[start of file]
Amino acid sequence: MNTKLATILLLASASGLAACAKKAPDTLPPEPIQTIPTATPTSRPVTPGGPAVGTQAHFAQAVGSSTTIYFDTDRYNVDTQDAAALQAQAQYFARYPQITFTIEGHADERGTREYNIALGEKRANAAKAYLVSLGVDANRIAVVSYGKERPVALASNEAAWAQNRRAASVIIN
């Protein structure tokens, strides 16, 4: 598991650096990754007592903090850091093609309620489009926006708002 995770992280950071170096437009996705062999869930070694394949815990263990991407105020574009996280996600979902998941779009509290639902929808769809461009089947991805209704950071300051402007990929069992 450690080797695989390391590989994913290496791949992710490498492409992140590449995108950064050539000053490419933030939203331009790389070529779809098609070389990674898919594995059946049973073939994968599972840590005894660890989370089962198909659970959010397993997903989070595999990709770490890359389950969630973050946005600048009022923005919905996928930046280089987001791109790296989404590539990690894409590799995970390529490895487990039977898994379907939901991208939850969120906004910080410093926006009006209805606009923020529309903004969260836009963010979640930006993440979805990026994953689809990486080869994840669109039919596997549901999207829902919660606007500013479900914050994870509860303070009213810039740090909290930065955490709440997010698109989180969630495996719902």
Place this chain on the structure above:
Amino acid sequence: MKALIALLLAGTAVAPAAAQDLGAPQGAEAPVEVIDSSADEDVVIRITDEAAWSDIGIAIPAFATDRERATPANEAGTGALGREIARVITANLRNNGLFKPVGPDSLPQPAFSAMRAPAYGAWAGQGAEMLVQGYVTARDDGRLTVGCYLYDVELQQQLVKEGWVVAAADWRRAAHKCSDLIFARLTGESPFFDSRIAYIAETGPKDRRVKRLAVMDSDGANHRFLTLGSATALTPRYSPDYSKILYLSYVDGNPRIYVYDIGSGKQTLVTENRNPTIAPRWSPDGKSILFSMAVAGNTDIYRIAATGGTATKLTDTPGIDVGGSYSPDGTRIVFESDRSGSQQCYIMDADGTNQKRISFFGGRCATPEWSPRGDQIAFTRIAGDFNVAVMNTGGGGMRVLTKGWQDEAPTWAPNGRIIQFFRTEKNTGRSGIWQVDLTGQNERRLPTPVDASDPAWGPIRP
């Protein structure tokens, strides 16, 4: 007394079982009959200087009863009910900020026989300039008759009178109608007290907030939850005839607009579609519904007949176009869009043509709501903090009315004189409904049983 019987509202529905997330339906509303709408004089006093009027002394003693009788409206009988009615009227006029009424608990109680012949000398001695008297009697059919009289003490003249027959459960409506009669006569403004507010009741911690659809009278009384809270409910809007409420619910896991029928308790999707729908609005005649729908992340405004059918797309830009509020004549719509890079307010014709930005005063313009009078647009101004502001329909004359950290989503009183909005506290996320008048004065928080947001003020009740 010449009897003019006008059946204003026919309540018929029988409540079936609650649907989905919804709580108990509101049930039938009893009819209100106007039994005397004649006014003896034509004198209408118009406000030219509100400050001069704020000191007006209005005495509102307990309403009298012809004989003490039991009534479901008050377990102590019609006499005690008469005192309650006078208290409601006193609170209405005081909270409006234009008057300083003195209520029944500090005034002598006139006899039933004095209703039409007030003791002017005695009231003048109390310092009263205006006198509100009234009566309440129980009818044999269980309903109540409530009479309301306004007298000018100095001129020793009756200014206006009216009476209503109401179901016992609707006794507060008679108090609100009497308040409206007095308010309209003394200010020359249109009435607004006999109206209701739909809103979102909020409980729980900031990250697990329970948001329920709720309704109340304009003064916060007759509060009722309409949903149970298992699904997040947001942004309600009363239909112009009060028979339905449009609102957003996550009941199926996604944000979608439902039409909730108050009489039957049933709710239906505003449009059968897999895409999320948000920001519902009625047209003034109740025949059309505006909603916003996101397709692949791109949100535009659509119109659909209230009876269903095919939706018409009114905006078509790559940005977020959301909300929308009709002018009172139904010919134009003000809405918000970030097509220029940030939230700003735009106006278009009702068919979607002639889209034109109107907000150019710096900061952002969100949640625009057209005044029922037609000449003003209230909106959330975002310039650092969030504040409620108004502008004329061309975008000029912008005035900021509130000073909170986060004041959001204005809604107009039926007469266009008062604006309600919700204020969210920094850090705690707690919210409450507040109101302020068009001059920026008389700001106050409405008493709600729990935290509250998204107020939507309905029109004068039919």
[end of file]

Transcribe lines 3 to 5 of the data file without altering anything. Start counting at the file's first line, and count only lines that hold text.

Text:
Place this chain on the structure above:
Amino acid sequence: MKALIALLLAGTAVAPAAAQDLGAPQGAEAPVEVIDSSADEDVVIRITDEAAWSDIGIAIPAFATDRERATPANEAGTGALGREIARVITANLRNNGLFKPVGPDSLPQPAFSAMRAPAYGAWAGQGAEMLVQGYVTARDDGRLTVGCYLYDVELQQQLVKEGWVVAAADWRRAAHKCSDLIFARLTGESPFFDSRIAYIAETGPKDRRVKRLAVMDSDGANHRFLTLGSATALTPRYSPDYSKILYLSYVDGNPRIYVYDIGSGKQTLVTENRNPTIAPRWSPDGKSILFSMAVAGNTDIYRIAATGGTATKLTDTPGIDVGGSYSPDGTRIVFESDRSGSQQCYIMDADGTNQKRISFFGGRCATPEWSPRGDQIAFTRIAGDFNVAVMNTGGGGMRVLTKGWQDEAPTWAPNGRIIQFFRTEKNTGRSGIWQVDLTGQNERRLPTPVDASDPAWGPIRP
């Protein structure tokens, strides 16, 4: 007394079982009959200087009863009910900020026989300039008759009178109608007290907030939850005839607009579609519904007949176009869009043509709501903090009315004189409904049983 019987509202529905997330339906509303709408004089006093009027002394003693009788409206009988009615009227006029009424608990109680012949000398001695008297009697059919009289003490003249027959459960409506009669006569403004507010009741911690659809009278009384809270409910809007409420619910896991029928308790999707729908609005005649729908992340405004059918797309830009509020004549719509890079307010014709930005005063313009009078647009101004502001329909004359950290989503009183909005506290996320008048004065928080947001003020009740 010449009897003019006008059946204003026919309540018929029988409540079936609650649907989905919804709580108990509101049930039938009893009819209100106007039994005397004649006014003896034509004198209408118009406000030219509100400050001069704020000191007006209005005495509102307990309403009298012809004989003490039991009534479901008050377990102590019609006499005690008469005192309650006078208290409601006193609170209405005081909270409006234009008057300083003195209520029944500090005034002598006139006899039933004095209703039409007030003791002017005695009231003048109390310092009263205006006198509100009234009566309440129980009818044999269980309903109540409530009479309301306004007298000018100095001129020793009756200014206006009216009476209503109401179901016992609707006794507060008679108090609100009497308040409206007095308010309209003394200010020359249109009435607004006999109206209701739909809103979102909020409980729980900031990250697990329970948001329920709720309704109340304009003064916060007759509060009722309409949903149970298992699904997040947001942004309600009363239909112009009060028979339905449009609102957003996550009941199926996604944000979608439902039409909730108050009489039957049933709710239906505003449009059968897999895409999320948000920001519902009625047209003034109740025949059309505006909603916003996101397709692949791109949100535009659509119109659909209230009876269903095919939706018409009114905006078509790559940005977020959301909300929308009709002018009172139904010919134009003000809405918000970030097509220029940030939230700003735009106006278009009702068919979607002639889209034109109107907000150019710096900061952002969100949640625009057209005044029922037609000449003003209230909106959330975002310039650092969030504040409620108004502008004329061309975008000029912008005035900021509130000073909170986060004041959001204005809604107009039926007469266009008062604006309600919700204020969210920094850090705690707690919210409450507040109101302020068009001059920026008389700001106050409405008493709600729990935290509250998204107020939507309905029109004068039919």